Limited Options, Templates, Possibilities, whatever you call them, they’re ridiculously useful in several Logic Games.
This covers one common, yet simple, technique for listing all the options/templates/possibilities in Basic Linear and Advanced Linear games.
Let’s say we’re doing an 7-slot / variable Linear game in which only one variable can go in each slot. This means we’re placing the game’s 7 variables (ABCDEFG) in some kind of order.
Just to keep this short and sweet, let’s pretend all the other rules, inferences, and limitations have filled up (determined the placement of variables into) slots (spaces) 1, 2, 6, and 7, giving us:
We have 3 empty slots, and we have three variables (A, B, C) we haven’t placed yet.
Let’s also pretend we have a rule telling us A is before B. We can diagram this as:
Because we have 3 variables remaining, 3 slots remaining, and we know 1 of these 3 (A) is before another of these 3 (B), we know there are only 3 main possibilities for the game.
How do we find these? Limited Options.
We place A and B first because we know the most about them. We don’t know anything about C. C is a wild card variable.
We can place A and B into the diagram in the following 3 ways:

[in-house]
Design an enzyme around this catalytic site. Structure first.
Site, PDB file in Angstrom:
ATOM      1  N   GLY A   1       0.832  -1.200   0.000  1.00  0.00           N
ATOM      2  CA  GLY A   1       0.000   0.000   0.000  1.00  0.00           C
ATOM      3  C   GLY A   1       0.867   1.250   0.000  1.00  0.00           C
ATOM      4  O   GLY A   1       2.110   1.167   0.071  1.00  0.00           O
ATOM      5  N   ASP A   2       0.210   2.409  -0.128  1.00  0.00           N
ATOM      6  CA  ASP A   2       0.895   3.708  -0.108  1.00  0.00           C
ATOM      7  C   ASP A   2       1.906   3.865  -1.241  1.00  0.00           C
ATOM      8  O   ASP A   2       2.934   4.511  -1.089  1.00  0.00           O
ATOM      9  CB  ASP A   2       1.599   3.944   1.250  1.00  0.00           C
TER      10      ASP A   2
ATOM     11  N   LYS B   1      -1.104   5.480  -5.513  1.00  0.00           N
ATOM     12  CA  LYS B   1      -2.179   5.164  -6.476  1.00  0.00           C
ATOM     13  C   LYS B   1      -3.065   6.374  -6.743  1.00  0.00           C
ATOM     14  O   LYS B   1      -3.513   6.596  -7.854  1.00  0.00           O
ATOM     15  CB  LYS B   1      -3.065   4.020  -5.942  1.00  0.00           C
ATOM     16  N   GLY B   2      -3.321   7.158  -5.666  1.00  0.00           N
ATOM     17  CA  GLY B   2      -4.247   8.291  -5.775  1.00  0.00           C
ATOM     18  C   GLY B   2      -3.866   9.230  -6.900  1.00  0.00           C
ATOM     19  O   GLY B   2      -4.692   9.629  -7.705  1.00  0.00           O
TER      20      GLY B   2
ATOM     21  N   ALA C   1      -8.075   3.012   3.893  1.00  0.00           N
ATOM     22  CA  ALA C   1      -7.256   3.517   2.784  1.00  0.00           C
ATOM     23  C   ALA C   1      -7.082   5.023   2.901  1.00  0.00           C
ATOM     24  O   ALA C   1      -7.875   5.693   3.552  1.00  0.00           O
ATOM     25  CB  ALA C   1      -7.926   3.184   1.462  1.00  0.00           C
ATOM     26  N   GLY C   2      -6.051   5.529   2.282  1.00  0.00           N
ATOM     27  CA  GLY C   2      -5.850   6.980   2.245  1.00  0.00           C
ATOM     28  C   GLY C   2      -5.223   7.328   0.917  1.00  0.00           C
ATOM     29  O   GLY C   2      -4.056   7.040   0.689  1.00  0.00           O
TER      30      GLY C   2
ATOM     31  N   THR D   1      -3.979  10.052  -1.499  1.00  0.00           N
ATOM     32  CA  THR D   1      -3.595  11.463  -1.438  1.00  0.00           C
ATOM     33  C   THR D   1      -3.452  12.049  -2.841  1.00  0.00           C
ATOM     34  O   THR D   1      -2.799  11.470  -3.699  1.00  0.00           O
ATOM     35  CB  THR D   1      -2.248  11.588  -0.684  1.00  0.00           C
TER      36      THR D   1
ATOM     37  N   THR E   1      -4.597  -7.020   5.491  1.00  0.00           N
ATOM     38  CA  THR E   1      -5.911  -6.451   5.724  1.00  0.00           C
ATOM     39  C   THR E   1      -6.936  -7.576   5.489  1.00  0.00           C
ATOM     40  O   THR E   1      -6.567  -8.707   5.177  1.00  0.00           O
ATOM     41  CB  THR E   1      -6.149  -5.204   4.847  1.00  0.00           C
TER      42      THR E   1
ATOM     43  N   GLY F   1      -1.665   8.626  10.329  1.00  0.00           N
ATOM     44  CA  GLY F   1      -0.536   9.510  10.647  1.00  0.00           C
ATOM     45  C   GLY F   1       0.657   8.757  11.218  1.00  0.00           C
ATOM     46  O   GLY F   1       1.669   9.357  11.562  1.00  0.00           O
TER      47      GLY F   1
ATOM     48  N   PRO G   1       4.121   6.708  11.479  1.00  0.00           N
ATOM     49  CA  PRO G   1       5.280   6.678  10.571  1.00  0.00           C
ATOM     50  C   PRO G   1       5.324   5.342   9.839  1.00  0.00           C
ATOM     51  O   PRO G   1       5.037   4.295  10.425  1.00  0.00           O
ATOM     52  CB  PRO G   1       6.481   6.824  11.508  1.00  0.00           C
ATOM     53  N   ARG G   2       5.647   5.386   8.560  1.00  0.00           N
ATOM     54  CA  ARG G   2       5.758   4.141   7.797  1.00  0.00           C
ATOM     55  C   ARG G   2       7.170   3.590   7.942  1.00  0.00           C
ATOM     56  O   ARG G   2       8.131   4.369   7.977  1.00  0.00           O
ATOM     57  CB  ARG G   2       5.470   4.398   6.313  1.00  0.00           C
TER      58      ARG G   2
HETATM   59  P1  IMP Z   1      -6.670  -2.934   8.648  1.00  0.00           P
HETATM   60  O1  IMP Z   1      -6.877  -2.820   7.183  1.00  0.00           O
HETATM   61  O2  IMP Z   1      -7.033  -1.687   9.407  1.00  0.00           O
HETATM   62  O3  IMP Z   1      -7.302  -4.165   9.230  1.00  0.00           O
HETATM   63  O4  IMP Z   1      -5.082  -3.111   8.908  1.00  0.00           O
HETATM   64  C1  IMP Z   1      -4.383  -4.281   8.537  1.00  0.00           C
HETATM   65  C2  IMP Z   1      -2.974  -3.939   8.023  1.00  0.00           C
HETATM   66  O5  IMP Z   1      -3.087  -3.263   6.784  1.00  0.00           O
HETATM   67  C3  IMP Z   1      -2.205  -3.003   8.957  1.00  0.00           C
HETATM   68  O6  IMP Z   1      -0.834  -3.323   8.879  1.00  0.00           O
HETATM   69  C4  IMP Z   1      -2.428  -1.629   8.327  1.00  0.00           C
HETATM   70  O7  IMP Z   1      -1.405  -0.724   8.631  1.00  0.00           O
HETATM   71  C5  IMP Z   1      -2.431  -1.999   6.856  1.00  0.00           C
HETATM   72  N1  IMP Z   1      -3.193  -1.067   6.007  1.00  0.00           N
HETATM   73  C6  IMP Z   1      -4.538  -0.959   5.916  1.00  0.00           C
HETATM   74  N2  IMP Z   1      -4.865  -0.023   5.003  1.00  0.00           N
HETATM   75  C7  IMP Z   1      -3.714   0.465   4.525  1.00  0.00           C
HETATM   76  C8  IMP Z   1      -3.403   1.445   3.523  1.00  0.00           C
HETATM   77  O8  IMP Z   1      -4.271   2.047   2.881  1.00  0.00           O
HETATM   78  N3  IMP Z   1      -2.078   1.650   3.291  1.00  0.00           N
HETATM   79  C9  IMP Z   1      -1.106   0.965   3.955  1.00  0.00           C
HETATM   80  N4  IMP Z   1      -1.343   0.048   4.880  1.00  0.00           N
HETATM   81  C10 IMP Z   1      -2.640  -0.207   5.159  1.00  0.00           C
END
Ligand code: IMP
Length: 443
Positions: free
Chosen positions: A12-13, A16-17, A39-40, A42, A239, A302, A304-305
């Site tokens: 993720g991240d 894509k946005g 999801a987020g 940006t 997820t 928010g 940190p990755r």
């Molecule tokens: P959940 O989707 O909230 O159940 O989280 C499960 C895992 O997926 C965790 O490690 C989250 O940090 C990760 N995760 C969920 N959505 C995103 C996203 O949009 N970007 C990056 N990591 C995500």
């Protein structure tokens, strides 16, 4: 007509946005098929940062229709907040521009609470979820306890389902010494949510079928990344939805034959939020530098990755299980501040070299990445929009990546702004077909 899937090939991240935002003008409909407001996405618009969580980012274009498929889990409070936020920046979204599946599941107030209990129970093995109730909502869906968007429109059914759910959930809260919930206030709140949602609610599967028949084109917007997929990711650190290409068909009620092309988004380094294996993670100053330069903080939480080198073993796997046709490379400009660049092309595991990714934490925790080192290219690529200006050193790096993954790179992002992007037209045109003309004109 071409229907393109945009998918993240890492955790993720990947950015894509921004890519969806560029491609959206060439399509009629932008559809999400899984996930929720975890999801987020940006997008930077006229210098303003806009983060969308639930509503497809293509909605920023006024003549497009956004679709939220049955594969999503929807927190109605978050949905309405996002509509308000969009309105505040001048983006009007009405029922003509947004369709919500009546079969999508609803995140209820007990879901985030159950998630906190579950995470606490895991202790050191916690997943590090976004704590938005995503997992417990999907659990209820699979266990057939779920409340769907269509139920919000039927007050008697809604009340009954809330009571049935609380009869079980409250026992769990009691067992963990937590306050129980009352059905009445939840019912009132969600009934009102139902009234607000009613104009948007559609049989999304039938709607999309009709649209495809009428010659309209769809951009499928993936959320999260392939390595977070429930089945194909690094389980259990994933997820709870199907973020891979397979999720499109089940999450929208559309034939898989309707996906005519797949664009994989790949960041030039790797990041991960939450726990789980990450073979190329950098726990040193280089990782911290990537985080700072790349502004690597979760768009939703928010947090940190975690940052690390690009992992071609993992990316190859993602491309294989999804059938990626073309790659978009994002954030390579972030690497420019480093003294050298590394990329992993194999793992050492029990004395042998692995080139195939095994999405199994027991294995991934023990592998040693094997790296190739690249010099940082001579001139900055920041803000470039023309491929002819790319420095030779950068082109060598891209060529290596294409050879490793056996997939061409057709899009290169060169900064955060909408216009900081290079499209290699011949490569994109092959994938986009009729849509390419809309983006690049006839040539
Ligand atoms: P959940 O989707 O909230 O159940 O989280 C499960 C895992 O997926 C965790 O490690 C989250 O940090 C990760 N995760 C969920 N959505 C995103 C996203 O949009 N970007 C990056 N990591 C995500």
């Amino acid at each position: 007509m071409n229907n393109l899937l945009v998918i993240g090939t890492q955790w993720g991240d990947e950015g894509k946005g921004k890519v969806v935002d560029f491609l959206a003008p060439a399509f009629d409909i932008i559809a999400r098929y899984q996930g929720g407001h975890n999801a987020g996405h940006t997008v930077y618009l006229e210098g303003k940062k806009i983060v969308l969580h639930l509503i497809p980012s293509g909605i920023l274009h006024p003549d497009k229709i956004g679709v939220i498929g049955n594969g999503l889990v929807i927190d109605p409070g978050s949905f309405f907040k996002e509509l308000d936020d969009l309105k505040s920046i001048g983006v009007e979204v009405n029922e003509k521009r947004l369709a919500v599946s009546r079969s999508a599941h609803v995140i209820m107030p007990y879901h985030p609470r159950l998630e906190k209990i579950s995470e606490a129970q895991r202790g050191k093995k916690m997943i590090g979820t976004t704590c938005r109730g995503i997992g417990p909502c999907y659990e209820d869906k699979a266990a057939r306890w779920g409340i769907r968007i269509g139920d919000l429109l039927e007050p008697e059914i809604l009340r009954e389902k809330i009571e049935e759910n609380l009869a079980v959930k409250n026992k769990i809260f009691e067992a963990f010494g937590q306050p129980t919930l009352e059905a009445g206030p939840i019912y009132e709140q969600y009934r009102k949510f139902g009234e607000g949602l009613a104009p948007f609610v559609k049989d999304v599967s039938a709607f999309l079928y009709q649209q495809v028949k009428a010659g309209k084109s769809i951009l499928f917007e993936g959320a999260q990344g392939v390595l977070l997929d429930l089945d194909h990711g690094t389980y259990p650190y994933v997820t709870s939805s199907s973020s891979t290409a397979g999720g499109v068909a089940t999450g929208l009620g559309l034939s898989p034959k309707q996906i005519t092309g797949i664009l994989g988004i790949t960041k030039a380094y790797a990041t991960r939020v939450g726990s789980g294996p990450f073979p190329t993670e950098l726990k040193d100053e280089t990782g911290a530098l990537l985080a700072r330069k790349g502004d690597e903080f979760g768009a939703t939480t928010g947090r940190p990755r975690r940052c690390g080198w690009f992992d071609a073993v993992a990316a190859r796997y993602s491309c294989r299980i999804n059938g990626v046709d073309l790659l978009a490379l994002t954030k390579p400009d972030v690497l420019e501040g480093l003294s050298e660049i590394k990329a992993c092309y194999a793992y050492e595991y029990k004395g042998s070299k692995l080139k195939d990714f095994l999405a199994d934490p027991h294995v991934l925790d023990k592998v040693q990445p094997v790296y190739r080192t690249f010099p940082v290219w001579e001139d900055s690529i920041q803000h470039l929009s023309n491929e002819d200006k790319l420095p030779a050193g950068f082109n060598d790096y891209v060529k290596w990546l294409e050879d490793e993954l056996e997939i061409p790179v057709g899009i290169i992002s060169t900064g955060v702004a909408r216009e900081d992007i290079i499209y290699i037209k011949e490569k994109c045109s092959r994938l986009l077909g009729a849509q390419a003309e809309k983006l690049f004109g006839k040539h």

D E A B _ F G
D E _ A B F G
D E A _ B F G
These are the only 3 possibilities for the placement of A and B.
We can now place C into the empty slots, giving us:
D E A B C F G
D E C A B F G
D E A C B F G
I would just stack those three bolded possibilities into the diagram like this:
(I wouldn’t actually number them, of course.)
LSAT Logic Games give you scenarios where this technique applies more often than you’d think. There have even been cases where it applies to the main diagram for Advanced Linear Logic Games (example: PrepTest 37, Game 2 – page 305 in Next 10). However, it more frequently comes up as something you can do for specific scenarios / hypotheticals in both Basic Linear and Advanced Linear games.
So, just keep this in mind: when there are 3 slots remaining, 3 variables remaining, and 1 of those variables most go before another, there are only 3 possibilities, and they’re worth drawing out, whether it’s for a main diagram or a specific scenario.